Three-dimensional beam is considered two-dimensional problem considering plane stress condition. The number of elements used to mesh the geometry of the simply supported beam as observed in Figure 1 is . Figure 13 illustrates the distribution of normalized displacement component, , at the section by the FDM and FEM methods. With increase of ratio, the variation between the FDM and FEM solutions gradually increases. Figure 14 illustrates the distribution of normalized lateral displacement component, , at the section by the FDM and FEM methods. At the region, , the variation of the displacement component obtained by both of the methods is the highest and, away from the region , this variation decreases. From Figure 15, it is observed that the stress component, , at the section obtained by the FDM is significantly higher than that of the FEM. But the stress component indirection, at the sectionobtained by the FD and FE methods show negligible variation as observed in Figure 16. Figure 17 illustrates the shear stress component at the section,by the FD and FE methods. Here the shear stress obtained by the FD method is significantly higher than that of FEM method. The present FD method results come directly from the theoretical expressions of elasticity but the FE solutions somewhat depend on the accurateness of the assumption of the shape functions. The disadvantage of FDM is that sometimes it is difficult to handle complex boundary conditions of loaded structures.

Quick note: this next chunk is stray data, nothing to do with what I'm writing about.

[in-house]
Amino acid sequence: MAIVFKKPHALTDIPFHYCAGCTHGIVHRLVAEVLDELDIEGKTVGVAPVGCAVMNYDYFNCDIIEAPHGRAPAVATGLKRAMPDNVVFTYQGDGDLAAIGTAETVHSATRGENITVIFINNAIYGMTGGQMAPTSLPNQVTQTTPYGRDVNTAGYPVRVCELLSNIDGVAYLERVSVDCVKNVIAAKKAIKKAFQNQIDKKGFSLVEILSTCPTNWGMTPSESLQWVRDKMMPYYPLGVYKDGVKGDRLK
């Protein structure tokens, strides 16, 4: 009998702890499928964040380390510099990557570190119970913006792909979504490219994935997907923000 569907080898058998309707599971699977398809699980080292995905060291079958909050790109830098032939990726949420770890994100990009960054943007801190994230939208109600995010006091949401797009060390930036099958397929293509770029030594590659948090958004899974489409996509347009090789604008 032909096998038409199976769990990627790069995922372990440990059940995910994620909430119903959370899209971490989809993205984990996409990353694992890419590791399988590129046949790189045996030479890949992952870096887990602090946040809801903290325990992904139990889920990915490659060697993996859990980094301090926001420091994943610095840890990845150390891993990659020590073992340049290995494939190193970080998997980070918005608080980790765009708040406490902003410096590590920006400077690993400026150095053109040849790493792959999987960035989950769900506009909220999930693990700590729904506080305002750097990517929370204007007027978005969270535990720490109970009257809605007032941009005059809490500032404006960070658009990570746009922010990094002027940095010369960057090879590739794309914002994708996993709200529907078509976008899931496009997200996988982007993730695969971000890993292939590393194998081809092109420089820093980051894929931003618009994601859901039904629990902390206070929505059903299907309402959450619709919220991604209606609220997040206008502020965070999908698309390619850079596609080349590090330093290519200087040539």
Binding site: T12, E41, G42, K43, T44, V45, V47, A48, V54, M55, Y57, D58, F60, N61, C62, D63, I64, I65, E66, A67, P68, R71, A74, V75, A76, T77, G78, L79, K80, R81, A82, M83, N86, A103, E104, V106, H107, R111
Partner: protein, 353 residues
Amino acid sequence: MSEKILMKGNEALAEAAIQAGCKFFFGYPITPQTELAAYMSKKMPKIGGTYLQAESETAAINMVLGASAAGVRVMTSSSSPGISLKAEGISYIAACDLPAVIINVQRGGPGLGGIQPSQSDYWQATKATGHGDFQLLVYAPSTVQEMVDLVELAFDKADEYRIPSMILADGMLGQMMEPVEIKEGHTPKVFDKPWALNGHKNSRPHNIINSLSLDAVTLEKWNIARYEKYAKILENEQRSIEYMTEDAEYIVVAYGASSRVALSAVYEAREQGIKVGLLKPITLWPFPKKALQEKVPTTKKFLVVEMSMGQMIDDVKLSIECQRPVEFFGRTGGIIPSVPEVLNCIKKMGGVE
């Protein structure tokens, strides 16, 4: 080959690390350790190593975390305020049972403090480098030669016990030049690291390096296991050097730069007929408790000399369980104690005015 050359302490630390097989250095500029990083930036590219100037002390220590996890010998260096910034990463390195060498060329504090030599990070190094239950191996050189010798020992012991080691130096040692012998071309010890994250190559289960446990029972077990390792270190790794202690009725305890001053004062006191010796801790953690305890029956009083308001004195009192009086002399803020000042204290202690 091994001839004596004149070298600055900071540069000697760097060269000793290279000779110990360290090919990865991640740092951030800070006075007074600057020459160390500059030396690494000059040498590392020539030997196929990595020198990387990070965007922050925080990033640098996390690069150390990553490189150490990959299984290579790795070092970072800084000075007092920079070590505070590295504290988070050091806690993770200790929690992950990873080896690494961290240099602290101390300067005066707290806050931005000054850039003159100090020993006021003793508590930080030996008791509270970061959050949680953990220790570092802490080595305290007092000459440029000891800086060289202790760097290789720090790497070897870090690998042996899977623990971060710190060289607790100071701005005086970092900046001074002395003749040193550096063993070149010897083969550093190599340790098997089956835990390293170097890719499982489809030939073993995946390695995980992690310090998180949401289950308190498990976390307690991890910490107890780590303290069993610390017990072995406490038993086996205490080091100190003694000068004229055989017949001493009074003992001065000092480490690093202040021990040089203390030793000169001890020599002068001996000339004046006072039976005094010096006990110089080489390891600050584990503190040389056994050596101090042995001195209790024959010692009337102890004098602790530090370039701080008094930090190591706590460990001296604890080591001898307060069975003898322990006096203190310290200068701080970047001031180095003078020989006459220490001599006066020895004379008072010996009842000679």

6. Conclusions

Applying the finite difference technique on the displacement potential function formulation, a simply supported orthotropic composite beam is solved to obtain the elastic field. Simply supported composite beams are widely used in many structures. The solutions of a simply supported orthotropic composite beam using FDM technique identify the critical sections of the beam under uniformly distributed loading. Effect of different composites on the solutions is also analyzed by the present finite difference technique. The displacement and stress components at a particular section of a simply supported beam are analyzed by using FDM and FEM methods in a comparative fashion. From the comparison between the present and finite element solutions, it is observed that there are some differences in some solutions of the present problem obtained by the FDM and FEM although the trend of the curves of the solutions obtained by both of the methods is similar. The present studies will be helpful for the designing of simply supported beams made of orthotropic composite materials.


Displacement potential function
:Longitudinal elastic modulus
:Transverse elastic modulus
:Shear modulous
:Major Poisson’s ratio
:Minor Poisson’s ratio
:Displacement component in direction
:Displacement component in direction
:Normal stress in direction
:Normal stress in direction
:Shear stress
:Normal displacement component
:Tangential displacement component
:Normal stress component
:Tangential displacement component
:Applying uniformly distributed stress
:Width of the beam
:Length of the beam
FDM:Finite difference method
FEM:Finite element method.

Conflict of Interests

The author declares that there is no conflict of interests regarding the publication of this paper.